You may or may not know that I work in software that is mostly used by retailers. The past few years, I’ve spent a lot of time thinking about retail and supply chain. While I don’t specialize in e-commerce, due to my love of the Internet, I’m fascinated by it. Most of my interaction with online retail is as a consumer and I’m frustrated. Most retailers
suck are only marginally decent at selling stuff online. But my business side knows it can be better! It can be fixed! Customers can be wowed.
I want to talk about search.
A few months ago, I painted our bathroom and we’ve been doing a little bit of remodeling. I’ve had a hard time finding a new shower curtain I like (and that Chris would be happy with). Yesterday, I found something I like at Target so I bought it and a couple matching towels. Unfortunately, the store I was in was out of the matching bath rug. No worries, I was sure I could buy it online or at another location.
Because there are almost 200 items in this category, I want to narrow my search. This is where I start seeing issues. First, I can narrow by category. As you can see, the first four items are useless. To me, they’re all the same – I can’t tell you the difference between Area Rug, Bath Mat, Bath Rug, and Bath Rug Collection.
Since I already bought the shower curtain and towels, I know the brand of the product so I can narrow by brand. In this case, the brand is Threshold. But apparently Target’s web software thinks that Threshold and Threshold™ are different brands.
These are the kind of thing that drives me crazy about online retail! Have we forgotten that people – real people – are shopping, not computers? (I get that there’s a lot of importance to making a computer-read page too but that’s a whole different discussion.)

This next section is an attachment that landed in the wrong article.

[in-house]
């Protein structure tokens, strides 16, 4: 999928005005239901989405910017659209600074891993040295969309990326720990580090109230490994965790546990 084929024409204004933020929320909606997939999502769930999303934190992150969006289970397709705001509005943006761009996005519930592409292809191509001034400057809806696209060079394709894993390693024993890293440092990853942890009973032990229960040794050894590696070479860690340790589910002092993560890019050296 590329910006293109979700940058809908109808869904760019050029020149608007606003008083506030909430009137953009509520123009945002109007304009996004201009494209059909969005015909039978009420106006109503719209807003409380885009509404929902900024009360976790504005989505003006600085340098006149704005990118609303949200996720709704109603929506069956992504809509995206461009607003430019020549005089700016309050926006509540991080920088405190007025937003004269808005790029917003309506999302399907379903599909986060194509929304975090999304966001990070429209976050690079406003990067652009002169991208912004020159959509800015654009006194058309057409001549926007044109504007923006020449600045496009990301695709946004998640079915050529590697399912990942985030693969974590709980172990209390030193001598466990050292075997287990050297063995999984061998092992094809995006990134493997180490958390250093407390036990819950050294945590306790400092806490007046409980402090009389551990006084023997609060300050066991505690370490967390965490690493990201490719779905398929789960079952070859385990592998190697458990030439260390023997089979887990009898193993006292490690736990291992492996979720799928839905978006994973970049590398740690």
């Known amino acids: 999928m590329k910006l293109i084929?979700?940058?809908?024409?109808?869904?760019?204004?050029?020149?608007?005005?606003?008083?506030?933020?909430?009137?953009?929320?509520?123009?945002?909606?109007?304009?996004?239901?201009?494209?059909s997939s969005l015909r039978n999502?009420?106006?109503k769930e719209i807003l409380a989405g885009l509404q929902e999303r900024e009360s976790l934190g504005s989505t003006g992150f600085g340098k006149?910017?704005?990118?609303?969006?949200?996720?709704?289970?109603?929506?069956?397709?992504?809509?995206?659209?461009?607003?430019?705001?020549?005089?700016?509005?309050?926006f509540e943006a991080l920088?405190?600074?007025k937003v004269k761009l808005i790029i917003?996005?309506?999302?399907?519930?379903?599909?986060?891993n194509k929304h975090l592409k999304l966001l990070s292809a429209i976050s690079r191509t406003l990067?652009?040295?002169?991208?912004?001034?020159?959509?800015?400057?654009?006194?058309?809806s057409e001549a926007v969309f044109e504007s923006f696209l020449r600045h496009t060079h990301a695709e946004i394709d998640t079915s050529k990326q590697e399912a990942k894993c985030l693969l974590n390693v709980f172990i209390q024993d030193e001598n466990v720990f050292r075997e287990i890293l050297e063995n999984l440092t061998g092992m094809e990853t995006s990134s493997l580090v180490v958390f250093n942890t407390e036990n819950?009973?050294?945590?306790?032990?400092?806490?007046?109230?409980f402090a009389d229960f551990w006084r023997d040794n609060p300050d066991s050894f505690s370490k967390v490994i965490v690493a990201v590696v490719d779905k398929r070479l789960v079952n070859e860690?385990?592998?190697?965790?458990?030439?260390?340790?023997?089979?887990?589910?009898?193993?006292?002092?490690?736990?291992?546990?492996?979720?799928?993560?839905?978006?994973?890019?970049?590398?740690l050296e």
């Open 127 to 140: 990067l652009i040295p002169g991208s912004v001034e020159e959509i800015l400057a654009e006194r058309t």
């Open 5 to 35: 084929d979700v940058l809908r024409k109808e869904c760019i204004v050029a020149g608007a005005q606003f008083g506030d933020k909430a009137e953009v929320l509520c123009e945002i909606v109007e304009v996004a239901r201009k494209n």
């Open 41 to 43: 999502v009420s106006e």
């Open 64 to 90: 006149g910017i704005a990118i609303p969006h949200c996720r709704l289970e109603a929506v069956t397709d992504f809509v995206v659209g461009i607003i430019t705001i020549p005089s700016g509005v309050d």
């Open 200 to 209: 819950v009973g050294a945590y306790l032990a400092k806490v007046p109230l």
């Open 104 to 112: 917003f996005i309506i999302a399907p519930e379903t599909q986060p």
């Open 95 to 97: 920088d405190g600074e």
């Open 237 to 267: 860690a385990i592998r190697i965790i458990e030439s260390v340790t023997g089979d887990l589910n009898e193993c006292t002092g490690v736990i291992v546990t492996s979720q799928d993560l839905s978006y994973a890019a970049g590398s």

The really frustrating thing to me is how easy this is to solve. The data could be cleaned up or we could relax the software rules that build the categories for search. My suggestion is to simply clean up the data and leave the software alone. Hire someone. Or push this back on the manufacturers to provide clean, consistent data in the first place. I know from experience that if the data is wrong on the website, it’s likely wrong on all systems across the company. Cleaning up the data in the master database will help the online customer and it will help people across the organization.
Data, data, data. It’s not hard.
My story has a happy ending. I was able to narrow my search by clicking on both brands and I found the product I wanted. Then I used my favorite button, “Find in Store” and by the magic of inventory systems, I found that a store near me has the product. Later today, I’m going to go buy it, which is exactly what this retailer wanted me to do. But they didn’t have to frustrate me in the process.